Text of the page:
"But that's an iPhone 8 Plus," said the employee, seemingly wondering whether this man really had come in on XS launch weekend, only to ignore the XS.

"Yes, that's the one I want," replied the customer emphatically.

I walked out of the store, again not having been approached by a single Apple employee, and had to talk to the police officer.

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"Are you here because Apple's scared people will steal the new phones?"

"Yup. It happens all the time," he said.

"How long do you have to stand here?"

"Till 8 tonight. And someone will be here every day for the foreseeable future."

"Are you guys taking it in turns? It seems like the most boring job ever."

"Oh yes," he said, with as much of a smile as he could muster.


It was a glorious Sunday morning. Surely by now, by 11.20am, there might be a little less hubbub in the Apple store.

This was Sunday. People do things on Sundays, don't they? They go hiking, fishing, golfing, churching, and, well, eat enormous brunches.

As I approached, I noticed something had changed: There was no police officer.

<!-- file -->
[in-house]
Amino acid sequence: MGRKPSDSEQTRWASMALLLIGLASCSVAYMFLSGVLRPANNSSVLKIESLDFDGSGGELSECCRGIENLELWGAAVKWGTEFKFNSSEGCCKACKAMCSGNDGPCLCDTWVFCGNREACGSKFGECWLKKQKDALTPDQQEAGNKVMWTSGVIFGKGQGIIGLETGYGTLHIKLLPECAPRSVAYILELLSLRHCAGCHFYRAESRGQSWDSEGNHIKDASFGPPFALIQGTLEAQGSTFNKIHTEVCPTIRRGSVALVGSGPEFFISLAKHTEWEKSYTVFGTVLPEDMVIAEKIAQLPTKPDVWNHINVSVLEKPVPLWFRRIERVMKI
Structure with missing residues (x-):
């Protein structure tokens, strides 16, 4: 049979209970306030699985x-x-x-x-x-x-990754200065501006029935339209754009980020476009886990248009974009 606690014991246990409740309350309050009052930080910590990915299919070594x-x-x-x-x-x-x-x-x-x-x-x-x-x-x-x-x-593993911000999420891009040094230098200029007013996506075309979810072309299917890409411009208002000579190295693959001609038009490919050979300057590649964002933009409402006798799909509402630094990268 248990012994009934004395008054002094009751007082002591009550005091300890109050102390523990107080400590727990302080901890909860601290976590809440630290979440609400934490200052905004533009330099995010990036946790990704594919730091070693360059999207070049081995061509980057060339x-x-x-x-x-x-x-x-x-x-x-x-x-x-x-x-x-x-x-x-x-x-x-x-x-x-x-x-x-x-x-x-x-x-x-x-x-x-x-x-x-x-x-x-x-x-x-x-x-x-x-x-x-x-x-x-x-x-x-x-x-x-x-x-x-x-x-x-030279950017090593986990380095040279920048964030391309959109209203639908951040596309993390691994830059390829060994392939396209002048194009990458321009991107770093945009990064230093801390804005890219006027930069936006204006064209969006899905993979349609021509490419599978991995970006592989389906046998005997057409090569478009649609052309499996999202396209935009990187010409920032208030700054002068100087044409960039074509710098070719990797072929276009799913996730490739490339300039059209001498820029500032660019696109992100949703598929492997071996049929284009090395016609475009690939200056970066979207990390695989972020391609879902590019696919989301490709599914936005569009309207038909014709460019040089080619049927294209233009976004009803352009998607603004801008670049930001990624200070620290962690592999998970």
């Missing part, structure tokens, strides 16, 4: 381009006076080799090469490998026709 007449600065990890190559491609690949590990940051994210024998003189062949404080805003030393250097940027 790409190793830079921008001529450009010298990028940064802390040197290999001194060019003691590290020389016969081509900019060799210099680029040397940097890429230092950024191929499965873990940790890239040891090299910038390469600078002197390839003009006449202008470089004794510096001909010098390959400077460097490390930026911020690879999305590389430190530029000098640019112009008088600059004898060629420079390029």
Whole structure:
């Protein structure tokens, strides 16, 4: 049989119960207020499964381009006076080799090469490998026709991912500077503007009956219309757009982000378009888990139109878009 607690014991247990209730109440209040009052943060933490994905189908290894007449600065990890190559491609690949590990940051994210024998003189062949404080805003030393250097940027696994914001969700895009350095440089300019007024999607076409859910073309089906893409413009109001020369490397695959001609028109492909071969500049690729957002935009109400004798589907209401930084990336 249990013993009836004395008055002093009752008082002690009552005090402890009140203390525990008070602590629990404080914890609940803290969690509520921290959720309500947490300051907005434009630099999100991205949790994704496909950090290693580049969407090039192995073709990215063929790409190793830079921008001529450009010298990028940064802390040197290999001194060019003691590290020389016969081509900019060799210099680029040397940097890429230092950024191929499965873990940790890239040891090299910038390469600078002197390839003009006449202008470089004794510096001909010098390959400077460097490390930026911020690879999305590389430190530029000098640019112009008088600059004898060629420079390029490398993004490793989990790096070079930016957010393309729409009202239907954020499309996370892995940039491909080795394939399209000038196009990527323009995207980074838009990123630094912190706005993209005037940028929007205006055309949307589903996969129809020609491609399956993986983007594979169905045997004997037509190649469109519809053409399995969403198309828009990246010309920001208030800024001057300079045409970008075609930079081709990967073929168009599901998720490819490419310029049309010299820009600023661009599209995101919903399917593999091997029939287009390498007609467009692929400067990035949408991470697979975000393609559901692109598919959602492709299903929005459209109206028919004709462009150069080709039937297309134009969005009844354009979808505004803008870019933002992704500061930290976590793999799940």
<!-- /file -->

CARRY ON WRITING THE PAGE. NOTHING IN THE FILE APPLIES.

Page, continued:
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Could it be that phone thieves observe the Sabbath? Or could it be that police officers cost a lot more on Sundays?

I looked inside and the crowd was again enormous. There'd be no respite from the madness.

It really is madness, isn't it? Hordes of people being sucked into a store in order to worship two phones and a watch.

On this Sunday, the Watch table didn't enjoy such a crowd. The iPhone tables, however, were packed.

The conversations differed little from the previous two days. The gold colored XS models still looked insipid.

And not a single Apple employee intercepted me as I picked up one phone, then another and then another.

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A couple of self-righteous millennials pushed past me, ceremony-free, such was their desperation to clutch a new gadget.

As I walked toward the door, I looked back and saw the young, and the previously young, the washed, and the just-out-of-bed.

Apple's got them all, hasn't it? And so few ever seem to leave.